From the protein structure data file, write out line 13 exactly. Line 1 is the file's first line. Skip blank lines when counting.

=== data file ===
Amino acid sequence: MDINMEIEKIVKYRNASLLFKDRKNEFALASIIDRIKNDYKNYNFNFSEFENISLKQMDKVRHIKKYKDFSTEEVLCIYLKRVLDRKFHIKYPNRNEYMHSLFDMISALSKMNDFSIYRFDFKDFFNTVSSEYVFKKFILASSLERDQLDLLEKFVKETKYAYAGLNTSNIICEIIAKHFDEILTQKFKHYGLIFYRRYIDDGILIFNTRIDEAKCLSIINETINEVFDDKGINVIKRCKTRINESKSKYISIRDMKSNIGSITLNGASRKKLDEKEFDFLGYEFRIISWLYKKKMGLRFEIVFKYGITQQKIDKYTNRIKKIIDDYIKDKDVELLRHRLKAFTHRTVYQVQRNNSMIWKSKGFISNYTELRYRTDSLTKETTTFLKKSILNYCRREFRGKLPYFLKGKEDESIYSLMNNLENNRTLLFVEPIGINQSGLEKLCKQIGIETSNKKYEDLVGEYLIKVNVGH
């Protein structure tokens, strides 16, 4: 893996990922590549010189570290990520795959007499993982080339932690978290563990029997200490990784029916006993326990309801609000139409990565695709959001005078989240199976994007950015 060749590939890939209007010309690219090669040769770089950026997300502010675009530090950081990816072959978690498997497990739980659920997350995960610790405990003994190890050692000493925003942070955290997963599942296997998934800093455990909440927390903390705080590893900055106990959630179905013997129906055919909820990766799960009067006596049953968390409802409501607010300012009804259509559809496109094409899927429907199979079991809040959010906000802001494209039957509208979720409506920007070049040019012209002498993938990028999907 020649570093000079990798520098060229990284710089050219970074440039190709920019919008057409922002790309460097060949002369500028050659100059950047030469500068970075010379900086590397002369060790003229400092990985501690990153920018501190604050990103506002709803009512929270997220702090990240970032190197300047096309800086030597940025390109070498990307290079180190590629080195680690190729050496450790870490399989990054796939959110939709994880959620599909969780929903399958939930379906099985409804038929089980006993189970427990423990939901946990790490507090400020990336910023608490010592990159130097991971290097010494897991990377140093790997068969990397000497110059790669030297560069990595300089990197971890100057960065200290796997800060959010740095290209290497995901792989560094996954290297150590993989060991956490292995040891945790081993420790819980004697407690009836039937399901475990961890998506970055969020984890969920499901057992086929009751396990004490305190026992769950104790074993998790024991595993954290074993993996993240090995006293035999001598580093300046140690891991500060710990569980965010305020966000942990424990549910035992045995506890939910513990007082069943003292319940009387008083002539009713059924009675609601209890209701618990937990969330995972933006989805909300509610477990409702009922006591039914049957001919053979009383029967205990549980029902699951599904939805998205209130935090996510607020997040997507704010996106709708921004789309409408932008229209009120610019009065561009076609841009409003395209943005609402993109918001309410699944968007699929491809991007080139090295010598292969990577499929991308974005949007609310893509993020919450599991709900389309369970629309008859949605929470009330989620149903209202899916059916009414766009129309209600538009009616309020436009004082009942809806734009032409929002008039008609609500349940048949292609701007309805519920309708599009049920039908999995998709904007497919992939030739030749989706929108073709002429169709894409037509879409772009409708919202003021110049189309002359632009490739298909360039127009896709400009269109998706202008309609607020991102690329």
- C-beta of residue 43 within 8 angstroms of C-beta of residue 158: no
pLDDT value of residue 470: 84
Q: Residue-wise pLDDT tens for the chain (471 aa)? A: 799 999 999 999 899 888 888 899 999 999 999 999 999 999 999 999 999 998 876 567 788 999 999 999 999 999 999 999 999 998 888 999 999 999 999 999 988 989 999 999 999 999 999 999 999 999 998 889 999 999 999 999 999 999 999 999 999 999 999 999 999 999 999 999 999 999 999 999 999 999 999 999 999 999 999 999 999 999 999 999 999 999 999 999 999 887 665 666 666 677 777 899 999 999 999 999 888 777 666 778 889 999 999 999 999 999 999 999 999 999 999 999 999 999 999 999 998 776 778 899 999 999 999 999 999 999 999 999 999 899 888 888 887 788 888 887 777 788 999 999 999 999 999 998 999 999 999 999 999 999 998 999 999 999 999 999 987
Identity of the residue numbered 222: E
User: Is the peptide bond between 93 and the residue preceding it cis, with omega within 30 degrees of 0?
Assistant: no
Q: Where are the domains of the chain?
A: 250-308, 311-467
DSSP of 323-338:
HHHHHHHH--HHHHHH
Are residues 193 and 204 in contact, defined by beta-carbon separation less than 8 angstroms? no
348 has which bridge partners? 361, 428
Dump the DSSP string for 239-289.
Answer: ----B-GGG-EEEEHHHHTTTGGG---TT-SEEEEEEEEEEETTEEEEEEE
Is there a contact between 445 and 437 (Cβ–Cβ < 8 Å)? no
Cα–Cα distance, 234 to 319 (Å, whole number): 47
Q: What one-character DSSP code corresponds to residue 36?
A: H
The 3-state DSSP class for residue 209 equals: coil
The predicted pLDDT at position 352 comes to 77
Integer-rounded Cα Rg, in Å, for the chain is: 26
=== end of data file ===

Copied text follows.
Are residues 193 and 204 in contact, defined by beta-carbon separation less than 8 angstroms? no